Honolulu Civil Beat – Chad Blair | Published: 10/11/2020

The Honolulu Ethics Commission could enjoy greater autonomy over its budget should voters grant them that ability in November. Voters are also being asked whether the commission should also be granted more flexibility to hire and retain staff. Commission Chairperson Victoria Marks said passage of the charter amendments would give the agency greater flexibility to describe positions, and hire and retain the specialized staff that she said it needs “to grow and strengthen the city’s ethics and lobbyist programs.” Marks said the amendments would provide the commission “with budget flexibility and greater autonomy” from the city administration.

Illinois Aldermen Reject Lightfoot’s Proposal to Ease Ban on Lobbying by Elected Officials
WTTW – Heather Cherone | Published: 10/13/2020

Aldermen rejected Mayor Lori Lightfoot’s ordinance that would have rolled back part of tougher City Hall lobbying rules for elected officials the city council passed last year. It would have once again allowed elected officials from outside Chicago to lobby the mayor, aldermen, and other city government agencies on behalf of private clients, as long as the public body they represent does not have pending or recurring legislative or contractual matters involving Chicago. With federal investigators probing lobbying practices in Springfield and past City Hall scandals tied to lobbying infractions, aldermen said it was not the time to walk back the stricter requirements.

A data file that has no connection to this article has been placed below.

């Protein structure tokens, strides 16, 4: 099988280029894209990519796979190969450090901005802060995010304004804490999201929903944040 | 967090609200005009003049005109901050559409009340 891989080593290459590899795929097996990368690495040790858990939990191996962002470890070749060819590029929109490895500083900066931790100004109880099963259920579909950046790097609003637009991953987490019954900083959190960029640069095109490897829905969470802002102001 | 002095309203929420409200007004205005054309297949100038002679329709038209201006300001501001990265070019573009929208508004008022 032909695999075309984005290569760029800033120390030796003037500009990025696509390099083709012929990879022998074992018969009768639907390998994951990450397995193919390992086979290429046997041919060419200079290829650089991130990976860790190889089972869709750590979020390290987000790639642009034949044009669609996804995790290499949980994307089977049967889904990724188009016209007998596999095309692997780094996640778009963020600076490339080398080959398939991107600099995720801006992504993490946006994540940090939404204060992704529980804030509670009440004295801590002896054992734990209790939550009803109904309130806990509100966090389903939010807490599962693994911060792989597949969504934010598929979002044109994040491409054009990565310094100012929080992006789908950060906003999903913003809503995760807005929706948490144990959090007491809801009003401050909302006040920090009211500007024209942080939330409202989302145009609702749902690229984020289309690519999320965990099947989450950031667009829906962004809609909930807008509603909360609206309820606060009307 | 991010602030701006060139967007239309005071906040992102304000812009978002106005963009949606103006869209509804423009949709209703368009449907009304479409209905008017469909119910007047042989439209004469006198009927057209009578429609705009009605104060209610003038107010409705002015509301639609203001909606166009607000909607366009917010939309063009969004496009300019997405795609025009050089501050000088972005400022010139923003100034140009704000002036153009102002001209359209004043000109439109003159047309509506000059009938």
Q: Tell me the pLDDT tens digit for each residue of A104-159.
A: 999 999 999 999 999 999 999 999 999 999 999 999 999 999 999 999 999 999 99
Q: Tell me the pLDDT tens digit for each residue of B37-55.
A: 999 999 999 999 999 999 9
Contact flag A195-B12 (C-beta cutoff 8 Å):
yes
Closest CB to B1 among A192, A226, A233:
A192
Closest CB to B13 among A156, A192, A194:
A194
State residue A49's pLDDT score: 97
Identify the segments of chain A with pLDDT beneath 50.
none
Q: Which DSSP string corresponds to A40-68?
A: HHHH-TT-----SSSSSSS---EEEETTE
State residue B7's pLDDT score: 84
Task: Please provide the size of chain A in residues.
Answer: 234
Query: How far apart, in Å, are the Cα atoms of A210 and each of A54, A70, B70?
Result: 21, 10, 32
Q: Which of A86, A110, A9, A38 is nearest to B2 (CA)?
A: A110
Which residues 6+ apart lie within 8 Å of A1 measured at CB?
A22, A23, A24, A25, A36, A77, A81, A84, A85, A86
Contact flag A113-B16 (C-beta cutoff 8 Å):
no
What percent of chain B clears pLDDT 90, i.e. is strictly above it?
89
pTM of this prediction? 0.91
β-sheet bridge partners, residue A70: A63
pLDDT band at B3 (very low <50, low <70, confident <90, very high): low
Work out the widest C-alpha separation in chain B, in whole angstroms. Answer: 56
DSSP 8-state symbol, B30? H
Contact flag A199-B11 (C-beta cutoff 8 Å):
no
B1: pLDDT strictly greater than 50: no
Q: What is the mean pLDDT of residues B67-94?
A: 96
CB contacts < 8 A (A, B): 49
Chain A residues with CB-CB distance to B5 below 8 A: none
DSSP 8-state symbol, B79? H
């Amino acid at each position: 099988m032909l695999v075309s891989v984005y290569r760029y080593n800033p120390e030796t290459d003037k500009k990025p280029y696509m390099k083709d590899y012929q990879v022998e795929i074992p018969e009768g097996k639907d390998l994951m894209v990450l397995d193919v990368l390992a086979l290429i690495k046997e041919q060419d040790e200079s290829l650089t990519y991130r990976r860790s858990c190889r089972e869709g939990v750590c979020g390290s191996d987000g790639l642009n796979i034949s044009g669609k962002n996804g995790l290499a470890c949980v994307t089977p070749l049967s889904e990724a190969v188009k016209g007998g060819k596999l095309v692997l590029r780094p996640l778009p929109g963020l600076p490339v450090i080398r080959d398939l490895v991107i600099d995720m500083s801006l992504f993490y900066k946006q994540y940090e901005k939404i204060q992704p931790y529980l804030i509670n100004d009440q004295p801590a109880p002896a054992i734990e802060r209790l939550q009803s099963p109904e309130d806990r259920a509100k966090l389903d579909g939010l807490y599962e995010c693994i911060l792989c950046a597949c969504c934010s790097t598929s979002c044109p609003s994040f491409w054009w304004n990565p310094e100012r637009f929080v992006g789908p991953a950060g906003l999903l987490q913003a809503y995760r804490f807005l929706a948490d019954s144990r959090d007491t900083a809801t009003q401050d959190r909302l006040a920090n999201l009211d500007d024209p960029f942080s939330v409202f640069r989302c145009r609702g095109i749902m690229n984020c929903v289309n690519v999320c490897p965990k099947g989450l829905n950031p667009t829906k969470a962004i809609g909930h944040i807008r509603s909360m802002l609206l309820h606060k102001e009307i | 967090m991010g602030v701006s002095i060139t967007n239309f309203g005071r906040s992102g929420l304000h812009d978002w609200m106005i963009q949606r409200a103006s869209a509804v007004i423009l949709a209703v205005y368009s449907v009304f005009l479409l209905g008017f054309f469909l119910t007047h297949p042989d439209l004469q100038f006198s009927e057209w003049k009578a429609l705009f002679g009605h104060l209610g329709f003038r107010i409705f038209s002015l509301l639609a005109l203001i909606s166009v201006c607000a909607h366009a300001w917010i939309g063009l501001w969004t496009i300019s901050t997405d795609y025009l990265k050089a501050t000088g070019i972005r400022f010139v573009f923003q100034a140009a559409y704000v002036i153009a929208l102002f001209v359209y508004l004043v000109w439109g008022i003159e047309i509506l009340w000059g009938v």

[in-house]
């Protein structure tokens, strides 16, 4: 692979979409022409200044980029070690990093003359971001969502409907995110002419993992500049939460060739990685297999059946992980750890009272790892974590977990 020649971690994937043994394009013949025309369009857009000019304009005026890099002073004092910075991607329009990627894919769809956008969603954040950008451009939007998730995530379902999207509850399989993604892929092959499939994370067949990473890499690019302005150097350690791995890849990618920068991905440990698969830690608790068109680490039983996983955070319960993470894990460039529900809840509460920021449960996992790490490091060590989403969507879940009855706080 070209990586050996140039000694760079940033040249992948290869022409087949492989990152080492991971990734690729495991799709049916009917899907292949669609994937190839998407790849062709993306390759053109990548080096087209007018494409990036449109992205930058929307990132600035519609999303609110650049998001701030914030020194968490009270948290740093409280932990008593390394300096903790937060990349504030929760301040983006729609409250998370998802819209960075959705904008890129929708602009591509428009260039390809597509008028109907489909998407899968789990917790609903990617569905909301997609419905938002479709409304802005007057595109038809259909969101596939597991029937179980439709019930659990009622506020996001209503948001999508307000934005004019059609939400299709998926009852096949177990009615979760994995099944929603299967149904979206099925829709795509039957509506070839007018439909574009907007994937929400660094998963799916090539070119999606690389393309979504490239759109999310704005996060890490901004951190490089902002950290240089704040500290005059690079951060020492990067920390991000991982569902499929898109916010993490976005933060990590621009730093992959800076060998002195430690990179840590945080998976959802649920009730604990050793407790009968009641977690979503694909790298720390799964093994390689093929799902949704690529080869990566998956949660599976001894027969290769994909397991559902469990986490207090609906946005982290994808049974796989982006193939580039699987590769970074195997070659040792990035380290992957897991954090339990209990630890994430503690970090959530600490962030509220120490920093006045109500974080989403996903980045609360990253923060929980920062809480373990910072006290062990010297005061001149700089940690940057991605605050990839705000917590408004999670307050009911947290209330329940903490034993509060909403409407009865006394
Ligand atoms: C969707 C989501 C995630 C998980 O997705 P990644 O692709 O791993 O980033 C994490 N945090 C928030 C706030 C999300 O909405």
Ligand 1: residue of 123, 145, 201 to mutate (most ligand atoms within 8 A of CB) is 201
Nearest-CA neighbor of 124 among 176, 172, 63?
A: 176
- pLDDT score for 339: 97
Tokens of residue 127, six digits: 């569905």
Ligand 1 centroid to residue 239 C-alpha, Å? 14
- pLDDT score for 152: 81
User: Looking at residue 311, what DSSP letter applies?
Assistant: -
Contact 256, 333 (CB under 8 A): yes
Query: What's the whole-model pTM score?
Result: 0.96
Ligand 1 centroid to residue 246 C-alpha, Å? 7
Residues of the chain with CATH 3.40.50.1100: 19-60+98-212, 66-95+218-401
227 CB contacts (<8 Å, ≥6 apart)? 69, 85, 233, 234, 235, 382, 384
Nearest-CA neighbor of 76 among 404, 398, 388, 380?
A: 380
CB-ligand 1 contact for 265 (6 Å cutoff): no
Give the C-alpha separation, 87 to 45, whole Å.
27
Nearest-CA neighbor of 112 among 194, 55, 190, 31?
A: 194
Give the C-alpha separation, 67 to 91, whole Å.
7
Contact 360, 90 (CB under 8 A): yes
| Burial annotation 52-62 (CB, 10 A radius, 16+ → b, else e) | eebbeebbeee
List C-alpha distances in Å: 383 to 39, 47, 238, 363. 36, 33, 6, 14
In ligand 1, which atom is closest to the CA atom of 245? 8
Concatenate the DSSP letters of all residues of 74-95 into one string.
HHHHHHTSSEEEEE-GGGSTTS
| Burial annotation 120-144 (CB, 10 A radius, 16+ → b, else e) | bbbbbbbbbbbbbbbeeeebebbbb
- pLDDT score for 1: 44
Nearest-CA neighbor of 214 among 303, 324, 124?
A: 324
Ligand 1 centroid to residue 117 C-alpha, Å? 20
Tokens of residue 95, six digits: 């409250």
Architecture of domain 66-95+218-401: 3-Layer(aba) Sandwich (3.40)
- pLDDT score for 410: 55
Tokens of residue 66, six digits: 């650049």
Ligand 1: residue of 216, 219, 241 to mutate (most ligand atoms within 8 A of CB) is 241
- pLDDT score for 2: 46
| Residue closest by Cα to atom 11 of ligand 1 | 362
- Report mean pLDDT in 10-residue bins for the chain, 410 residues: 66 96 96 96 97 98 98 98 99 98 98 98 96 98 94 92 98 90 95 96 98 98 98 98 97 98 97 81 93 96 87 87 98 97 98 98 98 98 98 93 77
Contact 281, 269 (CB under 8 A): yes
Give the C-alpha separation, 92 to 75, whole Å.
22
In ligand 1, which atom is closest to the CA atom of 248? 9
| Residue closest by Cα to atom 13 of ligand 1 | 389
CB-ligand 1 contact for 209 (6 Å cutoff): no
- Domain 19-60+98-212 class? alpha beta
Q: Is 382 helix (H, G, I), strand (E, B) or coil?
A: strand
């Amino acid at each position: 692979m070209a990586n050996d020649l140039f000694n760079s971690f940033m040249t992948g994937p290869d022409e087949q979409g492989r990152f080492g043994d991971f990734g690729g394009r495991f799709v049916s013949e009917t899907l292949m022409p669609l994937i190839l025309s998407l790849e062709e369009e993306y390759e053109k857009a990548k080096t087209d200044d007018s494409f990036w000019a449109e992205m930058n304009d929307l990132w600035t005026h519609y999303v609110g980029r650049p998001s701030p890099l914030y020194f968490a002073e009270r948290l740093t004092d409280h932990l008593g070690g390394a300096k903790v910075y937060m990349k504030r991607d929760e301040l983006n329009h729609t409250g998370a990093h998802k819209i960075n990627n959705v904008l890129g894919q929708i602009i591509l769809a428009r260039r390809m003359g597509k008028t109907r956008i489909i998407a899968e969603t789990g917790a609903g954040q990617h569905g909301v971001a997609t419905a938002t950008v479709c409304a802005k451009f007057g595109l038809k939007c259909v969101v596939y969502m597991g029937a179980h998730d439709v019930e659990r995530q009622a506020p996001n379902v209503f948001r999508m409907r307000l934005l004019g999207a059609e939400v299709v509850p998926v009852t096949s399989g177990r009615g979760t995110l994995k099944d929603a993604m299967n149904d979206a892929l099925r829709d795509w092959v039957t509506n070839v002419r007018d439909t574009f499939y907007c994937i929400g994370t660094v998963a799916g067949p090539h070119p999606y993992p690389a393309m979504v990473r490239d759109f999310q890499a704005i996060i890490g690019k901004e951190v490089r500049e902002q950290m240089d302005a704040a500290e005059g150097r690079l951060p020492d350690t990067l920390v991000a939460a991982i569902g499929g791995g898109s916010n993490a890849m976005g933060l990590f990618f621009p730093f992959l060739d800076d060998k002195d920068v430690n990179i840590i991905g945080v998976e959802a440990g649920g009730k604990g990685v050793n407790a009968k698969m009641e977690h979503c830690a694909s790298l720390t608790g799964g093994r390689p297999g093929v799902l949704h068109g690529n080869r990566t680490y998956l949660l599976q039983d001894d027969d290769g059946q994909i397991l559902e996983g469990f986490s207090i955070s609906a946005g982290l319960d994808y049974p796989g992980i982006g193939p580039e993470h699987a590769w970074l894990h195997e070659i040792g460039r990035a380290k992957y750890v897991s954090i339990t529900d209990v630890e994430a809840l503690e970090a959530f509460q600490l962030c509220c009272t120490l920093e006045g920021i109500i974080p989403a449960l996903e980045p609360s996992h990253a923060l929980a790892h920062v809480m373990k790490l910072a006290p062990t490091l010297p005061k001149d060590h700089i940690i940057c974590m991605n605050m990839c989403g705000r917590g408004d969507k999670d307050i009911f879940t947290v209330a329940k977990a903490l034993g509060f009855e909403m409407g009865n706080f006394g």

Minnesota Federal Judge Upholds Minnesota’s Deadline Extension for Counting Ballots
National Public Radio – Jason Slotkin | Published: 10/12/2020

A federal judge upheld Minnesota’s seven-day deadline extension for counting mail-in ballots after it was challenged by a pair of Republicans. Minnesota extended its deadline for receiving mail-in ballots after voting rights groups raised concerns the state’s previous deadline could disenfranchise voters as the state receives an unprecedented amount of absentee ballots. In past elections, absentee ballots would only be counted if received by eight p.m. on Election Day. A state court agreement reached with Minnesota Secretary of State Steve Simon allowed ballots postmarked by Election Day to be counted if received within seven days.

New York Trump Again Asks Supreme Court to Block Subpoena for His Tax Records
New York Times – Charlie Savage | Published: 10/13/2020